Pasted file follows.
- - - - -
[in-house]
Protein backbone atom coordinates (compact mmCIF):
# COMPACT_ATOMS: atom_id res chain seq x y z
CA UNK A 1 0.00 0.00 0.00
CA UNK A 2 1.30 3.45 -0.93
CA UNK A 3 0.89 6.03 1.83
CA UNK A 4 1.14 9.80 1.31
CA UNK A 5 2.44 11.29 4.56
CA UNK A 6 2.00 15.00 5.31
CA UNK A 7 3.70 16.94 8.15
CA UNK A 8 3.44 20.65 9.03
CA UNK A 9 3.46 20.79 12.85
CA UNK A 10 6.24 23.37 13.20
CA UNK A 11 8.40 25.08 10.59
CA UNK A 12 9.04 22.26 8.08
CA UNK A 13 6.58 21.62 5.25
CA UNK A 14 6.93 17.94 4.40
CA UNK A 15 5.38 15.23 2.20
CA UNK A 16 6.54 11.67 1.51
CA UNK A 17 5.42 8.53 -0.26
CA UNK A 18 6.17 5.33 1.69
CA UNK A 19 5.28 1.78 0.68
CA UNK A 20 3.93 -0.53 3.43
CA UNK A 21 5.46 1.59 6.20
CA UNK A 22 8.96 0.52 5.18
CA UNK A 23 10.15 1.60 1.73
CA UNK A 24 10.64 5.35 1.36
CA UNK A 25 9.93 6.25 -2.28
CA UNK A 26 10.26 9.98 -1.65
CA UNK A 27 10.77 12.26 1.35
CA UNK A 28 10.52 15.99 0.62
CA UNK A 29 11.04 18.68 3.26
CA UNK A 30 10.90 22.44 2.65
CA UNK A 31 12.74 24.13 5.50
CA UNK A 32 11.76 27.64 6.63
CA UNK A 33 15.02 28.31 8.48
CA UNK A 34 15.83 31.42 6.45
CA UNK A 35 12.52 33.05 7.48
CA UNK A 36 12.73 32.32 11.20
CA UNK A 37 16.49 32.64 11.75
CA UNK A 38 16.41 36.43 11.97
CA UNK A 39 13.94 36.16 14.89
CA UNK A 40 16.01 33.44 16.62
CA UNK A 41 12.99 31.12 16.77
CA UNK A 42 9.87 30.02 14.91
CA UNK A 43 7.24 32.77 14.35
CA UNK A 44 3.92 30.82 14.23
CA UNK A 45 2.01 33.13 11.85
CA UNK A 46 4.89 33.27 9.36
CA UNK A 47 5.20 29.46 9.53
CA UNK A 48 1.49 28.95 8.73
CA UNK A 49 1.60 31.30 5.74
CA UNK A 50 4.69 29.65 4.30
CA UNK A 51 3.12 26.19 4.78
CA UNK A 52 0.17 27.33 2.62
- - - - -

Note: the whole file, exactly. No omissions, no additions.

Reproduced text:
[in-house]
Protein backbone atom coordinates (compact mmCIF):
# COMPACT_ATOMS: atom_id res chain seq x y z
CA UNK A 1 0.00 0.00 0.00
CA UNK A 2 1.30 3.45 -0.93
CA UNK A 3 0.89 6.03 1.83
CA UNK A 4 1.14 9.80 1.31
CA UNK A 5 2.44 11.29 4.56
CA UNK A 6 2.00 15.00 5.31
CA UNK A 7 3.70 16.94 8.15
CA UNK A 8 3.44 20.65 9.03
CA UNK A 9 3.46 20.79 12.85
CA UNK A 10 6.24 23.37 13.20
CA UNK A 11 8.40 25.08 10.59
CA UNK A 12 9.04 22.26 8.08
CA UNK A 13 6.58 21.62 5.25
CA UNK A 14 6.93 17.94 4.40
CA UNK A 15 5.38 15.23 2.20
CA UNK A 16 6.54 11.67 1.51
CA UNK A 17 5.42 8.53 -0.26
CA UNK A 18 6.17 5.33 1.69
CA UNK A 19 5.28 1.78 0.68
CA UNK A 20 3.93 -0.53 3.43
CA UNK A 21 5.46 1.59 6.20
CA UNK A 22 8.96 0.52 5.18
CA UNK A 23 10.15 1.60 1.73
CA UNK A 24 10.64 5.35 1.36
CA UNK A 25 9.93 6.25 -2.28
CA UNK A 26 10.26 9.98 -1.65
CA UNK A 27 10.77 12.26 1.35
CA UNK A 28 10.52 15.99 0.62
CA UNK A 29 11.04 18.68 3.26
CA UNK A 30 10.90 22.44 2.65
CA UNK A 31 12.74 24.13 5.50
CA UNK A 32 11.76 27.64 6.63
CA UNK A 33 15.02 28.31 8.48
CA UNK A 34 15.83 31.42 6.45
CA UNK A 35 12.52 33.05 7.48
CA UNK A 36 12.73 32.32 11.20
CA UNK A 37 16.49 32.64 11.75
CA UNK A 38 16.41 36.43 11.97
CA UNK A 39 13.94 36.16 14.89
CA UNK A 40 16.01 33.44 16.62
CA UNK A 41 12.99 31.12 16.77
CA UNK A 42 9.87 30.02 14.91
CA UNK A 43 7.24 32.77 14.35
CA UNK A 44 3.92 30.82 14.23
CA UNK A 45 2.01 33.13 11.85
CA UNK A 46 4.89 33.27 9.36
CA UNK A 47 5.20 29.46 9.53
CA UNK A 48 1.49 28.95 8.73
CA UNK A 49 1.60 31.30 5.74
CA UNK A 50 4.69 29.65 4.30
CA UNK A 51 3.12 26.19 4.78
CA UNK A 52 0.17 27.33 2.62